Writing Your
Personal Statement

The personal statement is a critical factor in determining your success in scholarship and fellowship competitions. A compelling personal statement will set you apart from other outstanding applicants, each of whom will have an impressive gpa and list of achievements.

Writing an effective personal statement or narrative is the most difficult and lengthy part of the application process.  It requires much thought, effort, feedback, rewriting, and editing. 

10 Tips for Writing Successful Personal Statements

  1. Maintain a consistent story line that focuses on your special aspects, accomplishments, interests, and experiences.  Things that a reviewer will see on your transcript or resume should not be detailed in your personal statement.
  2. Keep a sharp focus.  You cannot share EVERY interest or achievement. Consider obstacles you've overcome and particular accomplishments, and then look for themes or patterns that will highlight your strengths and values.
  3. Make it interesting.  Which of your experiences, ideas, accomplishments, etc. are exciting, unique, compelling?  Which will engage the reader?  Use these as part of your personal statement.  
  4. Be yourself. Your responses should be uniquely "yours." Your experiences don’t have to be universally profound, but it should have greatly affected you.
  5. Avoid generalizations and clichés those things that most applicants could say about themselves, e.g. “I enjoy challenges,” “I want to get the most out of life,” “I want to serve my community”
  6. Avoid repetition.  Every word counts and should serve its purpose in advancing your personal statement.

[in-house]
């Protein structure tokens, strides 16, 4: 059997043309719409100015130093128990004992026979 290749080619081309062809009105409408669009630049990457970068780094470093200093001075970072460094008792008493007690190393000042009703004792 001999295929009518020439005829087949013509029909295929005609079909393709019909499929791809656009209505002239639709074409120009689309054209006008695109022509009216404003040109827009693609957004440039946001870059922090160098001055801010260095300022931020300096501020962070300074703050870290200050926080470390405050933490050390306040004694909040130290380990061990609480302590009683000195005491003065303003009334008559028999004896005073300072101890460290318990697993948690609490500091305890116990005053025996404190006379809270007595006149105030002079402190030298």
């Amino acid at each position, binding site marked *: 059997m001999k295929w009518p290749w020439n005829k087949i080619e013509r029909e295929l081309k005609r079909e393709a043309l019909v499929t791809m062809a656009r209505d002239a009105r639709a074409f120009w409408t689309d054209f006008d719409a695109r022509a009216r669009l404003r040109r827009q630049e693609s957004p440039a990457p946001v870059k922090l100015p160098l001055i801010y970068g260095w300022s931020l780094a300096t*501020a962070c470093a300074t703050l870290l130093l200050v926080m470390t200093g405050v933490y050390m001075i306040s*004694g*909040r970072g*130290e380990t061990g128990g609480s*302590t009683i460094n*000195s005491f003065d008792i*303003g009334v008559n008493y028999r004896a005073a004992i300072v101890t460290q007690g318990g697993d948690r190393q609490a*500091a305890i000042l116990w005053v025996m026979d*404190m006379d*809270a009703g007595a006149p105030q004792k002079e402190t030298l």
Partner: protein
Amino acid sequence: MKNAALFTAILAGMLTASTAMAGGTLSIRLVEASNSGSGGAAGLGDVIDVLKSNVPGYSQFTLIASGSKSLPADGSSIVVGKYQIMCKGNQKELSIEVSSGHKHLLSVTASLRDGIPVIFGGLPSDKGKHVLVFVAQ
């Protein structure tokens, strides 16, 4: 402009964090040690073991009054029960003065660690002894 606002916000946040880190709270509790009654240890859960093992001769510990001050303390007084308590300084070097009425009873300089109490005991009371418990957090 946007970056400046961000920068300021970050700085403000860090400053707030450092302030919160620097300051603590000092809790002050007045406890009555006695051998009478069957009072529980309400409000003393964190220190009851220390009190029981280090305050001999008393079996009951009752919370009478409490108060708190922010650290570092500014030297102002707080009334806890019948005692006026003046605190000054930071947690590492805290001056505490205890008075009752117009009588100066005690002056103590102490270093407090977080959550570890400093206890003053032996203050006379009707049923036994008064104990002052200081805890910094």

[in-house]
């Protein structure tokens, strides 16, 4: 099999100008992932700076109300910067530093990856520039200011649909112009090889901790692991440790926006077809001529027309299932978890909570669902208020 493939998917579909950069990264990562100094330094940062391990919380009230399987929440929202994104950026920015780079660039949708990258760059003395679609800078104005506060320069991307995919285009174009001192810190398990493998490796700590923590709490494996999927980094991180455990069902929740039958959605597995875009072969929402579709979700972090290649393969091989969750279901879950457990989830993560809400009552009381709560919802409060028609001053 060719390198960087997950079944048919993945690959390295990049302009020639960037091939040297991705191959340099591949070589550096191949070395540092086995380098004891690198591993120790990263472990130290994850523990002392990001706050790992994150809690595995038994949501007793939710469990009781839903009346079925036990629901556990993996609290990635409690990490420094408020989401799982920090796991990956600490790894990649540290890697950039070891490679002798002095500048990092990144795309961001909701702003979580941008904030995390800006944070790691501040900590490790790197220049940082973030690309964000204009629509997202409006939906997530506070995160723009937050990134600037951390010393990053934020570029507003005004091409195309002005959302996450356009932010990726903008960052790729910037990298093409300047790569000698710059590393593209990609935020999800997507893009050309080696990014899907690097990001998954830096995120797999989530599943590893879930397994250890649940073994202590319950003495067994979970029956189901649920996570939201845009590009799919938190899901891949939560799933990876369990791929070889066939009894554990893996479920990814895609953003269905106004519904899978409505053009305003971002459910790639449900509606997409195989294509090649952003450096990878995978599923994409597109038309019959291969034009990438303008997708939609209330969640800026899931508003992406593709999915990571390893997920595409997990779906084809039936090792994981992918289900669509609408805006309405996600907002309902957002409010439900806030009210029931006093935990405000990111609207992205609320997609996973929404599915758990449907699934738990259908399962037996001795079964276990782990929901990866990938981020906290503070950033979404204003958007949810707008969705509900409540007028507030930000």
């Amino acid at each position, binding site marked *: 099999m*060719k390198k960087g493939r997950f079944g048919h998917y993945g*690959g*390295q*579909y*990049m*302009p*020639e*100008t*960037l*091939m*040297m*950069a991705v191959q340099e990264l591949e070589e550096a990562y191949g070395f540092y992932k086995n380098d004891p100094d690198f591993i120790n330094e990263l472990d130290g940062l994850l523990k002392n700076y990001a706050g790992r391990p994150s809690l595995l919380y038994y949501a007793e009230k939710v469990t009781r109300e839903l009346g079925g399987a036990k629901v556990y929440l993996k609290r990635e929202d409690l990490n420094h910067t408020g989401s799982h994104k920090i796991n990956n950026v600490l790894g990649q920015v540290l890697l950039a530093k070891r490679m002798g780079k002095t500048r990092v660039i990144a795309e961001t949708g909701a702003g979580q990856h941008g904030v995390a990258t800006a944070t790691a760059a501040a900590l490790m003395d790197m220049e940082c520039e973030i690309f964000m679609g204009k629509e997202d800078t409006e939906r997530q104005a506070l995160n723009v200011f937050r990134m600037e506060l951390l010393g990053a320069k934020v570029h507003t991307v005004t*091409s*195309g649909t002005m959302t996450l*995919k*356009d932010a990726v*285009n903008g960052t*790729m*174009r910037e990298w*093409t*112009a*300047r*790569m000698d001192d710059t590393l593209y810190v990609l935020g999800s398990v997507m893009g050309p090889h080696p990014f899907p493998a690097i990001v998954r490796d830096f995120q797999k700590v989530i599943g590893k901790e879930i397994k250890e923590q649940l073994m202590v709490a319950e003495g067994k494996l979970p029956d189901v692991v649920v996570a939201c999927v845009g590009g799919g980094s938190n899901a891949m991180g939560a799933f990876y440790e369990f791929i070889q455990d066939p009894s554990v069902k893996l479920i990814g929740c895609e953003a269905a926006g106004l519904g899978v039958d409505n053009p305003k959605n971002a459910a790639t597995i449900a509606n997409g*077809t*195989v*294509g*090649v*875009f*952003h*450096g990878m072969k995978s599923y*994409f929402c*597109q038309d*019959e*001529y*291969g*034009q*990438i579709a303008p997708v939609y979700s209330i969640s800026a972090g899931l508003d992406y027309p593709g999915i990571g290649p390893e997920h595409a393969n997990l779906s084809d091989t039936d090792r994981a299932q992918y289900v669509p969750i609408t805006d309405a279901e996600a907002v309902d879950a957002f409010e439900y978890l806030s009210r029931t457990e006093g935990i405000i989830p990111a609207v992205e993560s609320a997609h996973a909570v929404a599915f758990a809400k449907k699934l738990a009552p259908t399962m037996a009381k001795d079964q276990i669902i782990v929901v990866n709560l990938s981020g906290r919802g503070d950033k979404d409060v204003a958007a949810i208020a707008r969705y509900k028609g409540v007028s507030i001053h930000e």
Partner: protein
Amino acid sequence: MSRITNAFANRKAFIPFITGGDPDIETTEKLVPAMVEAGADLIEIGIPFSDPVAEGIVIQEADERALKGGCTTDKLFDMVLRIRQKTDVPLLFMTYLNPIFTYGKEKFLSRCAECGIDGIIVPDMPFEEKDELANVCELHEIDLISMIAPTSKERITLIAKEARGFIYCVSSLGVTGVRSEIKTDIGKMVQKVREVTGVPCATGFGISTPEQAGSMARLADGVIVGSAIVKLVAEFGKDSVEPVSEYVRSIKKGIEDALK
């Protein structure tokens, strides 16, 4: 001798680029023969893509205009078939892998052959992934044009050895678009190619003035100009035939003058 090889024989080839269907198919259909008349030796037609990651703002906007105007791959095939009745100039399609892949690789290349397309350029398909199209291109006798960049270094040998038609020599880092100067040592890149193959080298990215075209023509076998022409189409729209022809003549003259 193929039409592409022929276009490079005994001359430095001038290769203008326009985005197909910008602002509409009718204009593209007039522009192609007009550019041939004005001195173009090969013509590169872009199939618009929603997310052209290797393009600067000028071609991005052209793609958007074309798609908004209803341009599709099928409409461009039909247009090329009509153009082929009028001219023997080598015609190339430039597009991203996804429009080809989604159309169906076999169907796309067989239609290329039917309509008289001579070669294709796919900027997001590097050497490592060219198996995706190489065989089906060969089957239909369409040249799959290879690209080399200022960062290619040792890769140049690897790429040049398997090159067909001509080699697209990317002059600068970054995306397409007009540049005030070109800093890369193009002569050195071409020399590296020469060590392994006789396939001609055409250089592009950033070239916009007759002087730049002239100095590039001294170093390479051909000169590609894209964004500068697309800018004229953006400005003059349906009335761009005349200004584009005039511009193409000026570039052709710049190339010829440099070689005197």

7. Show your knowledge of your planned course/place of study, your future career, the aims of the scholarship, relevant current events, etc. with specific references. 
  8. Have perfect spelling, punctuation, and grammar.
  9. Edit, edit, edit.  Rewrite, rewrite, rewrite. Make effective use of constructive criticism; remember that it's not necessary to make every change recommended to you, and don't get discouraged.
  10. Ask a couple of people other than the Fellowship Advisor (i.e. a faculty advisor, an adult mentor)  to review your statement.  At least one of your major professors should read over your statement for content and clarity.

Attend one of the Personal Statement Writing Workshops to hear more about how to get started, and to begin the process!

Project and Research Proposals

In addition to Personal Statements, many scholarships and fellowships require a project or a research proposal; funders often want to know specifics about the potential use of award funds. While nearly all scholarship and fellowship competitions require personal statements, the proposal is a unique opporunity to demonstrate your ambition and focus.

Please read The Art of Writing Proposals written by Adam Pzreworski and Frank Salomon for the Social Science Research Council, 1995 rev., 1998. These authors offer valuable insights about proposal writing, and general how-tos, to guide your process .

Another great resource is Disposed to Propose, written by a professor and academic at Swarthmore College. This article offers an insider's perspective, from a reviewer's vantage point. His critique and comments are valuable considerations, as you review and edit your own statement(s).